All-American Kaleena Mosqueda-Lewis is shooting at greatness.
by Clay Kallam
The girls want to win.
The guys? “The guys just want to show…,” said one female McDonald’s All American, “what they can do.”
That strategic pause was because the unnamed player was about to say “show off.” In other words, the young males want to strut their stuff, throw down a dunk, break an ankle and look just as spiffy as possible on national TV.
The girls? Unanimously, they just want to win.
When I told a table full of girls’ players who I was from California and I wanted the West to win, Alexyz Vaioletama (from national champ Mater Dei, and bound for USC) stuck her hand across the table for me to high-five.
That said, it may not be the prettiest game, for few all-star games are, and there will be turnovers galore and plenty of missed shots. The reason for the latter is basically the girls’ lack of familiarity with playing in big arenas like the United Center in Chicago. There’s no background for the baskets, the rims are tight (mandated by the NBA) and the lighting doesn’t make the baskets jump out from the backboard, so the most exciting part of the girls’ game — the three-point shot — will not be in evidence. Well, unless Kaleena Mosqueda-Lewis is shooting.
Mosqueda-Lewis, the consensus Player of the Year (also from Mater Dei of Santa Ana, CA), is a 6-foot wing with great form, quick feet and a sure touch. Up until eighth grade, though, Mosqueda-Lewis was a post.
“I was playing with 17 year olds,” she says, “and I realized I wasn’t going to be a post.”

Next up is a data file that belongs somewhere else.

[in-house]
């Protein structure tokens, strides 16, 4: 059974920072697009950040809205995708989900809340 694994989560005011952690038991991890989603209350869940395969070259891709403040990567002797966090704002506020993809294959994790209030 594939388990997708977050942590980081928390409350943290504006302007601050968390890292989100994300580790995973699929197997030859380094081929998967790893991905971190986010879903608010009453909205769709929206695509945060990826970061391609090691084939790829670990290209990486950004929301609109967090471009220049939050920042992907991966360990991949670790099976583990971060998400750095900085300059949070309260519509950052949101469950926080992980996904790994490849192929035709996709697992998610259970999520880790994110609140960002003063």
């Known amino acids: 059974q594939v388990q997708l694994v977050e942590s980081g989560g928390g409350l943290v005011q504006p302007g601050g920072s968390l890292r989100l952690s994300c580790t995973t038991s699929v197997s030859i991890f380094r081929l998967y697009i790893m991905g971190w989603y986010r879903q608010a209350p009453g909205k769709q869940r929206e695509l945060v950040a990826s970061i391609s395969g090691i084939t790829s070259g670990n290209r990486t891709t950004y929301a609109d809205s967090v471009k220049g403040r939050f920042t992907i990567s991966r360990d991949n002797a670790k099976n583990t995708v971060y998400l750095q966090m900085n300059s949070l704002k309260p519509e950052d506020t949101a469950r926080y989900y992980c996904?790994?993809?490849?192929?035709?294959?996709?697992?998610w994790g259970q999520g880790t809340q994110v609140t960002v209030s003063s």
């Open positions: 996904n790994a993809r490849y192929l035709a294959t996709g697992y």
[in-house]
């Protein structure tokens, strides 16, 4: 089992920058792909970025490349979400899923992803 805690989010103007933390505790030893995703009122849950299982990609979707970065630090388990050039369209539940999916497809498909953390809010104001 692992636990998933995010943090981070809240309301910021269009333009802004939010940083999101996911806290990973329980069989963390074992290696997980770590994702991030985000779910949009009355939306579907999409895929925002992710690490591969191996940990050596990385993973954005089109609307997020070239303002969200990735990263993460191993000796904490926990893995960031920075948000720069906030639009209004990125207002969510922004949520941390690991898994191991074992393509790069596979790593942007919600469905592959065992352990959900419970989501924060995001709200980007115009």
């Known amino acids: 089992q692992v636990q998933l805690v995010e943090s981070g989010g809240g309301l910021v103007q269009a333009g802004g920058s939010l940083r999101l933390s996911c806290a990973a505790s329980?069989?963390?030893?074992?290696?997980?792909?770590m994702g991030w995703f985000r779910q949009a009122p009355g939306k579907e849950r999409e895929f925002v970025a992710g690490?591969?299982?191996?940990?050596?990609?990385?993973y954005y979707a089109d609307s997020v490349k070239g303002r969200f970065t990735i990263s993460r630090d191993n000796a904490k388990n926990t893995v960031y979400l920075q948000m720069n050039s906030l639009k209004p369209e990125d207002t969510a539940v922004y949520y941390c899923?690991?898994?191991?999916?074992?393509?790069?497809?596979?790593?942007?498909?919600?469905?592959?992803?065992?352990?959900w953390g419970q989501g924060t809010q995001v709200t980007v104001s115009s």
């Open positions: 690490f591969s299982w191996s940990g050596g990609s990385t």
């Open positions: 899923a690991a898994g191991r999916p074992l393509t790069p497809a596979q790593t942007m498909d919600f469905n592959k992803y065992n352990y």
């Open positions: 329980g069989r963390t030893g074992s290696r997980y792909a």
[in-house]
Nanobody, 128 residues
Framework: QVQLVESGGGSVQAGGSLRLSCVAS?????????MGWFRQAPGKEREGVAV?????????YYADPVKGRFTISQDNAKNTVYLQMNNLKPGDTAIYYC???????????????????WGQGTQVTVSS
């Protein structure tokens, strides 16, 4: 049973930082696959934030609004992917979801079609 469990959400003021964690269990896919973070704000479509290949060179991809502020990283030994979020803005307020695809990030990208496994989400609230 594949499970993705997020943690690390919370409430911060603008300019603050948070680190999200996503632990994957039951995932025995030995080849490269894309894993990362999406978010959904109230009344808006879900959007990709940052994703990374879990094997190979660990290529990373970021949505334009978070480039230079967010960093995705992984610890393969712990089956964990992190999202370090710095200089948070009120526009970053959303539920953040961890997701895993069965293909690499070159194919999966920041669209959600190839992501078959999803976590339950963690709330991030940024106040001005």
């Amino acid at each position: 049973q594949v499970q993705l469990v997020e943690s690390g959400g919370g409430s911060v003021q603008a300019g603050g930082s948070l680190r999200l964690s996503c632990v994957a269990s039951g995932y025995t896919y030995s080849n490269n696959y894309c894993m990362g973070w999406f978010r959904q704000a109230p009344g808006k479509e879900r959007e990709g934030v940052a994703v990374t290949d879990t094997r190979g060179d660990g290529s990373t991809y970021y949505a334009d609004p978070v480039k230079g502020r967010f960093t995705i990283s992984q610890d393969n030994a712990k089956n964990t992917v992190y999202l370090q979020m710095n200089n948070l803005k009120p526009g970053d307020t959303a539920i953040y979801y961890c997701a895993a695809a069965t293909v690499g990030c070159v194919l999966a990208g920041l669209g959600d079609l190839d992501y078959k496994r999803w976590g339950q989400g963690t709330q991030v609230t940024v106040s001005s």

So she went down to the gym with her dad, and starting shooting. And shooting. And shooting. And then shooting some more.
A thousand shots a day. Every day. A thousand shots … but there are a thousand shots and there are a thousand shots.
As one NBA scout said, “You have to make the repetitions at game speed, and not many kids are willing to do that.” In other words, it’s easy enough to shoot a thousand leisurely shots with someone passing you the ball, and you casually jack up three after three. It’s quite another thing to make every one of those thousand shots with perfect footwork, a high release and at the pace that a game requires.
Thanks to her dad, Mosqueda-Lewis did just that, and the results are obvious. With her size and strength, she can step back and drill a three, pull up for a jumper, or as she did during a critical moment in the California state championship game, drop a defender with a Michael Jordan pushoff (think Byron Russell), and then calmly step back to drain the three.
Most girls at this level, and most boys too, don’t take the time to work on their shot. After all, they can get to the rack whenever they want thanks to their athletic gifts — and their coaches are more than happy to let them. The coaches want to win, and so do the parents, so why have a girl miss some 15-footers to improve her skills when she can win game after meaningless AAU game by attacking the basket?
Well, she could get better by figuring out how to make jumpers in a game, but sadly, the way the system works, there’s no premium on players getting better. The reward is for winning, and so that’s what everyone focuses on.
That will be obvious in the girls’ McDonald’s game, as there will be missed layups due to the presence of many tall posts in the paint, and also, on the positive side, a desire to beat those other all-stars.
And for the record, the West has won seven of the nine previous girls’ games. Alexyz, the other 11 girls on the West roster and I are all hoping to make it eight.